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Friday, March 17, 2006

FOI: C minus - can do better

The Federal Ombudsman has released a report "Scrutinising government: Administration of the Freedom of Information Act in Australian Government Agencies". The report is another in a long line of reports that identify fundamental problems in the way FOI works.

The Federal Ombudsman Professor John McMillan said that there is an uneven culture of support for FOI among Australian Government agencies. There is still cultural resistance to open government and good FOI administration appears to be of dwindling importance, in some agencies at least.

Part 7 of the report identifies the following deficiencies following the survey of practices in 22 agencies:

  • excessive delay in processing some FOI requests;
  • failure to comply with the publishing requirements of the Act in some cases;
  • lack of consistency in acknowledging requests in a timely fashion;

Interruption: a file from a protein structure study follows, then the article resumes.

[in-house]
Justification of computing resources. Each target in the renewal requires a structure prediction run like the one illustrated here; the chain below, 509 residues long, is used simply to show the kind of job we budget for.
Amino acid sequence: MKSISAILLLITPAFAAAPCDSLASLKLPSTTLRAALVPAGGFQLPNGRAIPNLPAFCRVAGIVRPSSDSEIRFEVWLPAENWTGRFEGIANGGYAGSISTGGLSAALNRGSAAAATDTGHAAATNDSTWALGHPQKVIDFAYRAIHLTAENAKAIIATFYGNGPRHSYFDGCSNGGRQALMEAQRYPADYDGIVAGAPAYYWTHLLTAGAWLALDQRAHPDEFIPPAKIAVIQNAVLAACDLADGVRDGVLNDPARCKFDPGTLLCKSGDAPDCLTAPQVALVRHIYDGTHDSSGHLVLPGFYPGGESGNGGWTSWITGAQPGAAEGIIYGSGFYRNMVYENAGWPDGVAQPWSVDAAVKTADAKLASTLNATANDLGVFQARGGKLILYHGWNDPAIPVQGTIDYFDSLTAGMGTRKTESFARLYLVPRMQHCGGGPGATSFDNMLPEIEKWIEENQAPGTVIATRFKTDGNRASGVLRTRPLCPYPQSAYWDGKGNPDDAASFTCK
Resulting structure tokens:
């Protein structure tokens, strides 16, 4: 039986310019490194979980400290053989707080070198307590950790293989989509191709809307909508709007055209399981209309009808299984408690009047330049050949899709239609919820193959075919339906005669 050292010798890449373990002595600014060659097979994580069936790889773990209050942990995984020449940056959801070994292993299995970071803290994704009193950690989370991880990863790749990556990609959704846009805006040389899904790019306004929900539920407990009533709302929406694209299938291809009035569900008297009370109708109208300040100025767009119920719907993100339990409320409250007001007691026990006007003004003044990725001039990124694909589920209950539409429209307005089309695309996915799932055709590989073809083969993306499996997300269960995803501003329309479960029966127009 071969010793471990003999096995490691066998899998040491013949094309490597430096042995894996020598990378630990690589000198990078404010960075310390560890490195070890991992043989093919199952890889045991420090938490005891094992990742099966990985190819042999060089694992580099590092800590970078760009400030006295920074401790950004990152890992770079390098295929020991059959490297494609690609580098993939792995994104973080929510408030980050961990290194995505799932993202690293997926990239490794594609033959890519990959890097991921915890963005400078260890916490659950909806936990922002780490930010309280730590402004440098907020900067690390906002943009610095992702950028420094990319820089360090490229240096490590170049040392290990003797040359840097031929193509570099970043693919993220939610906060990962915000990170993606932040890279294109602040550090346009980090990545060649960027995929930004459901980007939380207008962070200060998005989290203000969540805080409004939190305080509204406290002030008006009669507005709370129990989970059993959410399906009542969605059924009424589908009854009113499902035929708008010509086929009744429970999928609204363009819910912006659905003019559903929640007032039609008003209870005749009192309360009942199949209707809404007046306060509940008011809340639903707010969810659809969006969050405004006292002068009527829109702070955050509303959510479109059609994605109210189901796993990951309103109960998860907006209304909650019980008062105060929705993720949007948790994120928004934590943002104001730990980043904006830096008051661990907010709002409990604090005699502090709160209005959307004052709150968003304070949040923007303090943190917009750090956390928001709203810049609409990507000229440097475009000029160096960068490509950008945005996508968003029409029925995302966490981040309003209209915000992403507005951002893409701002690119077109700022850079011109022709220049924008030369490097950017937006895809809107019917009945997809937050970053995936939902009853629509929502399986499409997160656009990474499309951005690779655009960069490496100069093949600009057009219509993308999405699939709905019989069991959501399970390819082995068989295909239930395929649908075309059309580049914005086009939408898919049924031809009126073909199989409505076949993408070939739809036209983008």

• delay in notifying charges and inconsistencies in their application;
  • variable quality in the standard of decision letters, particularly regarding the explanation of exemptions imposed.
The Ombudsman says that given the growing emphasis on the need for consistency across government in service delivery, the same arguments can be applied to FOI administration.

"It is unacceptable that members of the public can encounter quite different standards in FOI administration, depending on the agency they approach...FOI should be afforded the same high priority and strict compliance that is given to other pieces of defining legislation, such as that dealing with financial management."

The Report refers to the problem of the interaction between FOI and privacy obligations, points out that privacy issues are subject to oversight and enforcement by a Privacy Commissioner, but that there is no similar office with matching responsibilities under the FOI Act.

The Ombudsman recommends the Federal Government establish an FOI Commissioner, possibly as a specialised and separately funded unit in his office.

This Report, like the many other federal and state reports it refers to, says that FOI legislation is long overdue for reform. It would be surprising if the problems in administration it identifies aren't replicated in all states and territories. Its call for consistency in the administration of FOI across government can only be achieved federally and in each state and territory if strong leadership, co-ordination and support is provided by a central government agency.

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